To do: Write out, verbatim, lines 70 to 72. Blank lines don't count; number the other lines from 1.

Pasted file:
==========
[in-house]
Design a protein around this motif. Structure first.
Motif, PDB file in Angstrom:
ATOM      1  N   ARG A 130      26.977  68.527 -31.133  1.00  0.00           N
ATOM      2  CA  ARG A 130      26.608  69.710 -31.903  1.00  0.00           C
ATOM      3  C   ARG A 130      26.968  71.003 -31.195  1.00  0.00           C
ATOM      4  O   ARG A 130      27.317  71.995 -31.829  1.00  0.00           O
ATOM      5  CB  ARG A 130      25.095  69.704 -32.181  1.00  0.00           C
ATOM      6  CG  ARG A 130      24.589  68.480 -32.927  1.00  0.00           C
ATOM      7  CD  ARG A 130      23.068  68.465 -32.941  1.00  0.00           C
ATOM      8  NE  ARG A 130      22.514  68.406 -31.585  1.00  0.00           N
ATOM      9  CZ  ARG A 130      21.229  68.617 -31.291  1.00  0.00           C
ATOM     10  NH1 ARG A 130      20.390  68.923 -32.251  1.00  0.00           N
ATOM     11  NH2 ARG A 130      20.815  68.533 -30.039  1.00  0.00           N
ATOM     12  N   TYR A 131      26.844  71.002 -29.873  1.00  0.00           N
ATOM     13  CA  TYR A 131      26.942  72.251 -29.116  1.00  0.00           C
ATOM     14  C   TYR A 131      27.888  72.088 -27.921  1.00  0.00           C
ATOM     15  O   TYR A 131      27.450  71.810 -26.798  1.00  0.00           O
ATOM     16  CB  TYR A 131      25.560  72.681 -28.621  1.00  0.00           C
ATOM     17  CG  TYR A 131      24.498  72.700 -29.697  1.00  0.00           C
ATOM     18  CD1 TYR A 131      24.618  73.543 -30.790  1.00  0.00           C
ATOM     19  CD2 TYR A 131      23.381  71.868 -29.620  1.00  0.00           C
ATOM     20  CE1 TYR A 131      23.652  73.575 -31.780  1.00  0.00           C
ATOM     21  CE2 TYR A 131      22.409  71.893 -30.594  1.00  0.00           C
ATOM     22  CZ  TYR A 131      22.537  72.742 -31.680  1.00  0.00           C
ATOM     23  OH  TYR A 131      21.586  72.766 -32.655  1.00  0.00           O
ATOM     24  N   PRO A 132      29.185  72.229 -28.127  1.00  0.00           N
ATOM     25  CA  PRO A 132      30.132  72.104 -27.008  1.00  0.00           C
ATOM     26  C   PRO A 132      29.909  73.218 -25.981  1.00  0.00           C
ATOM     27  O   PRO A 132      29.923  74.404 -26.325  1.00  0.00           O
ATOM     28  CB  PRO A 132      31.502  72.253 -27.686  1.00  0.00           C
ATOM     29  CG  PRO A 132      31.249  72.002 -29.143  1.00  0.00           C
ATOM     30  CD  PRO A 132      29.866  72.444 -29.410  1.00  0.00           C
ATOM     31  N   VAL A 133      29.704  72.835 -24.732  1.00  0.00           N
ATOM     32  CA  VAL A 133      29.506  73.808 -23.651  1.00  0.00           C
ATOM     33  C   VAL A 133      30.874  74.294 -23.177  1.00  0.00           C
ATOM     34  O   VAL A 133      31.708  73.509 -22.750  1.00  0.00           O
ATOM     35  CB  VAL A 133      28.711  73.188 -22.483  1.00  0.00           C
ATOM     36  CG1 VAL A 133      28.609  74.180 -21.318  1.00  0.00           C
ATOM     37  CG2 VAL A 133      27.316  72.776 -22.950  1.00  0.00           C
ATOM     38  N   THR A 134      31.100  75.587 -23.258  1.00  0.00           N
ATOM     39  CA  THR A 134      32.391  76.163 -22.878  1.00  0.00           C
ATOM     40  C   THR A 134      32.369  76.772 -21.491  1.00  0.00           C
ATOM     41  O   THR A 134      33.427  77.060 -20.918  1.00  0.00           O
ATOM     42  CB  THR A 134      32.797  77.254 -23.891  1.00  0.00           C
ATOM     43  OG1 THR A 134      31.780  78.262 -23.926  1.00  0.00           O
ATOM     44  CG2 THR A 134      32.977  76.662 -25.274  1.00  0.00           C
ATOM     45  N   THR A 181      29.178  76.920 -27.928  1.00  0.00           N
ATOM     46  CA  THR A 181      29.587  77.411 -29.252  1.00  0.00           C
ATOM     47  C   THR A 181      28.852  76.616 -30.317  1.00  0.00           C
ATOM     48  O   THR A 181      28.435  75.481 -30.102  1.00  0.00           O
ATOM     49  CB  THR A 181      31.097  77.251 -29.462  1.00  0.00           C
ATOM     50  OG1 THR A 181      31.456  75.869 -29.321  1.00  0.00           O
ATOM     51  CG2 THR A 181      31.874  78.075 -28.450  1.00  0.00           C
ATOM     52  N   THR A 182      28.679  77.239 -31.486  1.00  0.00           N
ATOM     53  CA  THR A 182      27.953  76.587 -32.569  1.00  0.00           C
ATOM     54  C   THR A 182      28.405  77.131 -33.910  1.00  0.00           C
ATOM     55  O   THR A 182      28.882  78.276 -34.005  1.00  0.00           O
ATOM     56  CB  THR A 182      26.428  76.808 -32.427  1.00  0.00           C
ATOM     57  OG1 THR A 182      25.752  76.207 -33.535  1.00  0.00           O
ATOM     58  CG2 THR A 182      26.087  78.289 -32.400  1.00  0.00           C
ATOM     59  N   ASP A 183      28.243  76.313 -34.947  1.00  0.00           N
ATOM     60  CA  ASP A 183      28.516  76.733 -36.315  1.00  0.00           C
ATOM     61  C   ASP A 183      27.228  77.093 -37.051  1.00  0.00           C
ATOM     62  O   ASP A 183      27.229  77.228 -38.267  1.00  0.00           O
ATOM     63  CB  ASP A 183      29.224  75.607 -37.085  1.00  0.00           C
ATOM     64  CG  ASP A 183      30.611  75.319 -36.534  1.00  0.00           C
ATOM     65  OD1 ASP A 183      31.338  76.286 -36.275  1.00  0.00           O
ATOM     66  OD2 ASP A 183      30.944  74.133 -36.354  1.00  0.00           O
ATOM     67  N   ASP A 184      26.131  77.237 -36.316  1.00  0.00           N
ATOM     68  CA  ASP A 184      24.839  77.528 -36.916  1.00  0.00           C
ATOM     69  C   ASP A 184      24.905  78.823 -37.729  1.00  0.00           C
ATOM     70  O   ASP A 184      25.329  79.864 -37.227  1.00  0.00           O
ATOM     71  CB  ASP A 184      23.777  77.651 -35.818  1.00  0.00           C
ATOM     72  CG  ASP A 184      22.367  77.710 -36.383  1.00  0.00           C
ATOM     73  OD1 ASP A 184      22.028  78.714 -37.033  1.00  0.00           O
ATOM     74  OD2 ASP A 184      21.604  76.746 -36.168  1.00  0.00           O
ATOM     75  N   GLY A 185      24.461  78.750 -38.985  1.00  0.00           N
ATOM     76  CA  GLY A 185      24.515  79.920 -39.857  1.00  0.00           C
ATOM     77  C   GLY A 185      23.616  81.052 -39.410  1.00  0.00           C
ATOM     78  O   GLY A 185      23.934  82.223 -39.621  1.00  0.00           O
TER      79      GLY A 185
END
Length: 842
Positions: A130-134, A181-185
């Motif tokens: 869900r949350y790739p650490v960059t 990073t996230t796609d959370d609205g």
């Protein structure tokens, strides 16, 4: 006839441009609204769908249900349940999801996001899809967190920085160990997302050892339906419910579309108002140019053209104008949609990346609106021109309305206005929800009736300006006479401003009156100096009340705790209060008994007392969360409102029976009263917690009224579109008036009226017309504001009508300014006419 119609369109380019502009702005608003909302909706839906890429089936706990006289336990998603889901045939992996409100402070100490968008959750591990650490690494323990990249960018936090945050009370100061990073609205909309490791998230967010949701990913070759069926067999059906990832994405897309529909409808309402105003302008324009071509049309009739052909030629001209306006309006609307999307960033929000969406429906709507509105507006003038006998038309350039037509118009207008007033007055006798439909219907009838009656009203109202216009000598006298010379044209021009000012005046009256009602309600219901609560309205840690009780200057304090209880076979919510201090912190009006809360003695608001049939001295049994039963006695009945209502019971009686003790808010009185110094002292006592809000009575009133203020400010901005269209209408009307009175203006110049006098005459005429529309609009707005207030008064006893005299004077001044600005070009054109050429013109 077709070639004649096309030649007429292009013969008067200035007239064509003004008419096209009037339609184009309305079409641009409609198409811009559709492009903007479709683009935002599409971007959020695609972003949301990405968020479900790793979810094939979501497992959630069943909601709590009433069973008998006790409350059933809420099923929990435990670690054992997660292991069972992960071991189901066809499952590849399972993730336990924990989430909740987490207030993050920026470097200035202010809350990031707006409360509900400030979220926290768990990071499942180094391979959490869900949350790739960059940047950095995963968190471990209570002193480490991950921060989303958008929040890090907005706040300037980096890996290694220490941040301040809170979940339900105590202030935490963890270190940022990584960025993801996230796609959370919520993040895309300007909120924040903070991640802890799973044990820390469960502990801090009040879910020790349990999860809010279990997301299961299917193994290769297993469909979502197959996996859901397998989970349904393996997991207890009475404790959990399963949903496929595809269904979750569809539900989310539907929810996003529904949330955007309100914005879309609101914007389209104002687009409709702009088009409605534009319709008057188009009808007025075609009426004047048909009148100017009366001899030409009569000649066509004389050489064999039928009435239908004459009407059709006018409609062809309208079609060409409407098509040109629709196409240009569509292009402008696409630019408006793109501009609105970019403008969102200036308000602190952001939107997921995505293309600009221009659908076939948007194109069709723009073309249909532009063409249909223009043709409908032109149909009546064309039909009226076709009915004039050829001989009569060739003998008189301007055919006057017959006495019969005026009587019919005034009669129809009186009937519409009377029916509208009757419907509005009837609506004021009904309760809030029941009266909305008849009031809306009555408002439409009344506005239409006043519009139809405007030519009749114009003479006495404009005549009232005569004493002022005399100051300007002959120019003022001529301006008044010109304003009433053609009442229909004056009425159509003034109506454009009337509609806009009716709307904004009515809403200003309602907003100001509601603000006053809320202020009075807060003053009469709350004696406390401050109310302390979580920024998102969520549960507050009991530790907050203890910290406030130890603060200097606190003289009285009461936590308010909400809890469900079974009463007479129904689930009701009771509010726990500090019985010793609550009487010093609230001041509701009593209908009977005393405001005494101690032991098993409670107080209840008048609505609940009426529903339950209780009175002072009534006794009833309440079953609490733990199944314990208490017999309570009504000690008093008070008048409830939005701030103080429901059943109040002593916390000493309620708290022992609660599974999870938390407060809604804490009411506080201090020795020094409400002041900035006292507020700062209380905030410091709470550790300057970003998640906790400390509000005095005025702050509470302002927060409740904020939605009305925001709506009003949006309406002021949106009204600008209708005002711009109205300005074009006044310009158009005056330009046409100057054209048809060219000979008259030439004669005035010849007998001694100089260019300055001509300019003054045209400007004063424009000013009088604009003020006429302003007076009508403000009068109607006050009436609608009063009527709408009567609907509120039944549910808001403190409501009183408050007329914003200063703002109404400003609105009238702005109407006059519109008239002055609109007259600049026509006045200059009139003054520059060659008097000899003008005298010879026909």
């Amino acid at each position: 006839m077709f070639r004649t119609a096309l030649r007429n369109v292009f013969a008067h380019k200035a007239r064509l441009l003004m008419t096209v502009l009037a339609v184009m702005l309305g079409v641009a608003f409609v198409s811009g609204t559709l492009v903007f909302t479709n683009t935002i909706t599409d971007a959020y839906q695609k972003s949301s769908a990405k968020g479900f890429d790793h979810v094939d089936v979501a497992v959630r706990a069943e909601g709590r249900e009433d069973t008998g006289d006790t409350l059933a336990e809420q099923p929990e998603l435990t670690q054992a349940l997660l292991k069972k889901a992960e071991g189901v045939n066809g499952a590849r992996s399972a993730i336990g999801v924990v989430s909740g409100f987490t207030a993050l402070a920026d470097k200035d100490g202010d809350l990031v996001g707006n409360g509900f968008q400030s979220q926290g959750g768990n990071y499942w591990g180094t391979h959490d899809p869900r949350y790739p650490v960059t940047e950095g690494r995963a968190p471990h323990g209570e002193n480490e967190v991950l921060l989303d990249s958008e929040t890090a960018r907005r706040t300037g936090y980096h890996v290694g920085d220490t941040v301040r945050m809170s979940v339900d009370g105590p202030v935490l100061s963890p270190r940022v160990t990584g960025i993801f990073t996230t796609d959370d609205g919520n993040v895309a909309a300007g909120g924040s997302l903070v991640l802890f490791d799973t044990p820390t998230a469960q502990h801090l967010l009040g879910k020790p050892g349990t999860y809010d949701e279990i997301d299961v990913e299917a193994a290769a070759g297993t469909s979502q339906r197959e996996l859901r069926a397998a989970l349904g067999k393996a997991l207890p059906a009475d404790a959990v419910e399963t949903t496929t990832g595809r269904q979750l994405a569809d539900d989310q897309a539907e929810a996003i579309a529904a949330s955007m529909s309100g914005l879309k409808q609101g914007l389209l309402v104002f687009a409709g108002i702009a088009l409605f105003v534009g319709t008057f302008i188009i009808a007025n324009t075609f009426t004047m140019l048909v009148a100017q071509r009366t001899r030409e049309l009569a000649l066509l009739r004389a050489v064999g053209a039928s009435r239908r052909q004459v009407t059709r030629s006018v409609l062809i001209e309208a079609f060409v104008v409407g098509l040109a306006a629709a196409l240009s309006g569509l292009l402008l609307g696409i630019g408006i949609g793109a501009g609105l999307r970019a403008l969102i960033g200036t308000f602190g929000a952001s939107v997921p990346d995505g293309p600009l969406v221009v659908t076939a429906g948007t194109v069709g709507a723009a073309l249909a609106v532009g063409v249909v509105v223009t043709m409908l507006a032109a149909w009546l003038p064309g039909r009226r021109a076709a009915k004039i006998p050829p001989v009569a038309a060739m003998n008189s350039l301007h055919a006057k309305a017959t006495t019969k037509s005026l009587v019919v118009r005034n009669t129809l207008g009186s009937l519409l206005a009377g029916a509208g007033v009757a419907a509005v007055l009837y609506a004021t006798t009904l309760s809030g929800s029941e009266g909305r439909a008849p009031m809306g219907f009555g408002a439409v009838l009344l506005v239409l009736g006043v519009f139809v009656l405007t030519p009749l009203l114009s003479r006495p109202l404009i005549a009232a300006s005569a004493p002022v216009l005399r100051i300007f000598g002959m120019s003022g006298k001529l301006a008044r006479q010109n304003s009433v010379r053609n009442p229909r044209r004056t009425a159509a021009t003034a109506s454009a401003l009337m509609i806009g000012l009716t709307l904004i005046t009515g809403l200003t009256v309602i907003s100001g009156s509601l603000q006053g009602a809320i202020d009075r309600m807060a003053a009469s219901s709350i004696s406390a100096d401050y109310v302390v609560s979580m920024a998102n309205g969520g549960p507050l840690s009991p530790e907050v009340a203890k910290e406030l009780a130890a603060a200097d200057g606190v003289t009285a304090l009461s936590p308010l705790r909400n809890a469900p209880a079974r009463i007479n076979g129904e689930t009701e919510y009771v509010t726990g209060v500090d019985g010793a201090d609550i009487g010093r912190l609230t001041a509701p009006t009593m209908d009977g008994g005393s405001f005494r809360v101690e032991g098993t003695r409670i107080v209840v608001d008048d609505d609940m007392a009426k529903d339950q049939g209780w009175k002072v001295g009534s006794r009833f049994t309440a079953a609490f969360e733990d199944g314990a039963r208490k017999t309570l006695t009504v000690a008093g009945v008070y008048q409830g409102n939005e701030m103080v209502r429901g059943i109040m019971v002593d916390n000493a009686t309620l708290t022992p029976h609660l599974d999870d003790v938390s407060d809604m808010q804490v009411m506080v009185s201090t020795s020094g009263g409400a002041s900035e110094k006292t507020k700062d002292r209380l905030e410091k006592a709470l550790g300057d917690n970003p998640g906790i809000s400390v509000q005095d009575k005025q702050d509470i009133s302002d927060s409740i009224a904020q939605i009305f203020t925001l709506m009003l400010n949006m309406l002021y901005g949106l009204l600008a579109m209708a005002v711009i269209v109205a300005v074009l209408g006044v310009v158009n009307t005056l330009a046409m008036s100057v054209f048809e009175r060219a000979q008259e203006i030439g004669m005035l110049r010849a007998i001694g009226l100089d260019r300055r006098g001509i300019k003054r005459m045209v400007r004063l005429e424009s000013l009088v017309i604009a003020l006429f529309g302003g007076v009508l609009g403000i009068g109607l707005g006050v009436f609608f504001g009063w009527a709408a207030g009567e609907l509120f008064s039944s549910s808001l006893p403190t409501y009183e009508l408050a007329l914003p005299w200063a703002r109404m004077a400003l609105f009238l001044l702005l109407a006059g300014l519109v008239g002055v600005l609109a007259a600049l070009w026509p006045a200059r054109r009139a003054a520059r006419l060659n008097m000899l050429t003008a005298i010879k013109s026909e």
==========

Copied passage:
ATOM     67  N   ASP A 184      26.131  77.237 -36.316  1.00  0.00           N
ATOM     68  CA  ASP A 184      24.839  77.528 -36.916  1.00  0.00           C
ATOM     69  C   ASP A 184      24.905  78.823 -37.729  1.00  0.00           C